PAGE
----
It is rare for the Province of Alberta to feel the effects of a policy decision made by the German Federal Government. However, it is clear that over the next few years, Alberta’s economy – from Calgary to Edmonton, from Banff to Lloydminster – will begin to see an unprecedented change and less of a demand for what we do because of the actions of many – but most importantly, because of the actions of the German Federal Government.
So, at the end of April 2020, the German Federal Government announced that it had created a COVID recovery budget and that budget was to be $145 billion USD dollars. Now of that $145 Billion dollars, some $46 billion dollars was to be allocated to “green projects” like renewable power and electric vehicles. When one reads about this proposal what is most remarkable is the notion that not a single cent will go towards gasoline or diesel powered cars. Or put differently, Germany – one of the world’s largest producers of internal combustion (i.e. gasoline and diesel) – is going to spend nothing on their traditional industry and everything on transitioning that traditional industry to a new future. Given that a whole heck of a lot of money will be spent on transitioning Germany to electric vehicles, renewable power and things like “green hydrogen” to be able to store renewable power; one would think that the Government of Alberta would have taken notice. But I didn’t hear a peep.
Now, let’s be clear. This $46 billion dollars that was put forward in April was new money and it was on top of an additional $60 billion package of climate policies introduced by Angela Merkel’s government last year to get “Germany back on track to meet its goal of reducing greenhouse gas emissions by 2030.” (Germany Unveils $60 Billion Climate Package, New york times, Melissa Eddy, Sept. 20, 2019)
Now this is not to say that Germany has been doing anything on the “Climate Change” file. According to DW, Germany emitted 6.3% fewer Greenhouses Gases (GHG) in 2019 as compared to 2018. Germany has had an interesting combination of programmes to accomplish this, including but not limited, an emission trading scheme (i.e. carbon pricing), phasing out of coal-fired power plants and the expansion of wind and solar energy generation capacity. All of this has allowed it to increasingly become a climate change success story. Accordingly, with the exception of the 2009 Global Economic Crisis, the 6.3% decline from 2018 to 2019 was the largest annual decline since 1990. “Compared to then, Germany has already reduced its emissions 35.7%”. However, the rub is still evident: this is not enough because last year the German Government announced that it will not meet its 2020 GHG emission goals. It was that announcement in pre-COVID/pre-pandemic times that led to a $60 billion dollar spending package.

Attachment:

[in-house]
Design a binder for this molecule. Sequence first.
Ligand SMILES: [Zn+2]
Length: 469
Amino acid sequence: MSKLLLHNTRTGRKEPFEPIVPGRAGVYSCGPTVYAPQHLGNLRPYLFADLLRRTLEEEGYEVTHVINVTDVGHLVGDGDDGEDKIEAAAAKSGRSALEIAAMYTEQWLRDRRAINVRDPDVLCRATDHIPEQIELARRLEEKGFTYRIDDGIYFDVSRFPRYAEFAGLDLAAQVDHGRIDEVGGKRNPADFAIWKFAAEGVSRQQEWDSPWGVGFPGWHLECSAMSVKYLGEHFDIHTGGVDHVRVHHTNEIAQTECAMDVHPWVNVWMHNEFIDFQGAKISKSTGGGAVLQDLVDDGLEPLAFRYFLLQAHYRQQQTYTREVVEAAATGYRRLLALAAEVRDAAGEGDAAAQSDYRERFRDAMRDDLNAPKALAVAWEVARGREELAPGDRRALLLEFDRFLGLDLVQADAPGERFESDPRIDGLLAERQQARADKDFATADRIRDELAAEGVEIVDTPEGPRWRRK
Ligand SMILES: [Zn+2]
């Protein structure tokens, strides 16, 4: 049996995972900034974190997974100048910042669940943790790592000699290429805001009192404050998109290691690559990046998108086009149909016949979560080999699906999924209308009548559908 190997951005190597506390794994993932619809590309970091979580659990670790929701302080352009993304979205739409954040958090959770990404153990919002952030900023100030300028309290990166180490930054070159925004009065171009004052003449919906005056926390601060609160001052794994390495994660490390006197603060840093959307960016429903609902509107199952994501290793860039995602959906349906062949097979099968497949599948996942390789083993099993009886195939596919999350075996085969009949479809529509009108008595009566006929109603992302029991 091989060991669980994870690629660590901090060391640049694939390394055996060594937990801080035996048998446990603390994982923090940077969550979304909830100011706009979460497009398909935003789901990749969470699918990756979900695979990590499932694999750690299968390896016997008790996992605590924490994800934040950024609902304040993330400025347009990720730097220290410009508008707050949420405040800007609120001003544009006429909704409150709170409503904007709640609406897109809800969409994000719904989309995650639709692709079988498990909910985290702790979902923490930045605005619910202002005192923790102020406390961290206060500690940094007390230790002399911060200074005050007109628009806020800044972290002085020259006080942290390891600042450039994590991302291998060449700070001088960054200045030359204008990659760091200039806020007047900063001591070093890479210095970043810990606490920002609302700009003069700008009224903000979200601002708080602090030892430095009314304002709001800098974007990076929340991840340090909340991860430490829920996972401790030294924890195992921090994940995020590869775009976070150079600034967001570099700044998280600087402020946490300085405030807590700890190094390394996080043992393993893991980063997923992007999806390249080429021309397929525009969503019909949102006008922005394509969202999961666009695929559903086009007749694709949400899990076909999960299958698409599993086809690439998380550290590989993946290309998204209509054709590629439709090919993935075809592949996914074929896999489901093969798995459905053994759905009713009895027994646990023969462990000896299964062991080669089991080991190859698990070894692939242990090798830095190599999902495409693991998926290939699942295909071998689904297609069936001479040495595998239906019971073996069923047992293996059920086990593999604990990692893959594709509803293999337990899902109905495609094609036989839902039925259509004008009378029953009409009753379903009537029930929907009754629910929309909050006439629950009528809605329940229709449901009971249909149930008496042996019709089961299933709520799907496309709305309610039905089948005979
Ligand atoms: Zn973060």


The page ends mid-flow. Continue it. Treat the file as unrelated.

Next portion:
Now what does this have to do with Alberta? Well, Germany is just one country that is spending billions of dollars on ridding themselves of the modern sin: “the internal combustion powered automobile”. The European Union, the UK, Japan and South Korea have all indicated that they want to be carbon neutral by 2050. China’s aim is to do so by 2060; while India has said they will do so if they can afford to. So far, all have pushed their respective societies to move to a carbon neutral economy by using the same first step: reducing their dependence on the internal combustion engine.. Some have opted for a combination of hybrid (HEV), plug-in electric (PHEV), battery (BEV) and hydrogen fuel cell (FCEV) powered cars; others have not. Only one thing is clear: the global electric vehicle market will grow significantly over the next decade.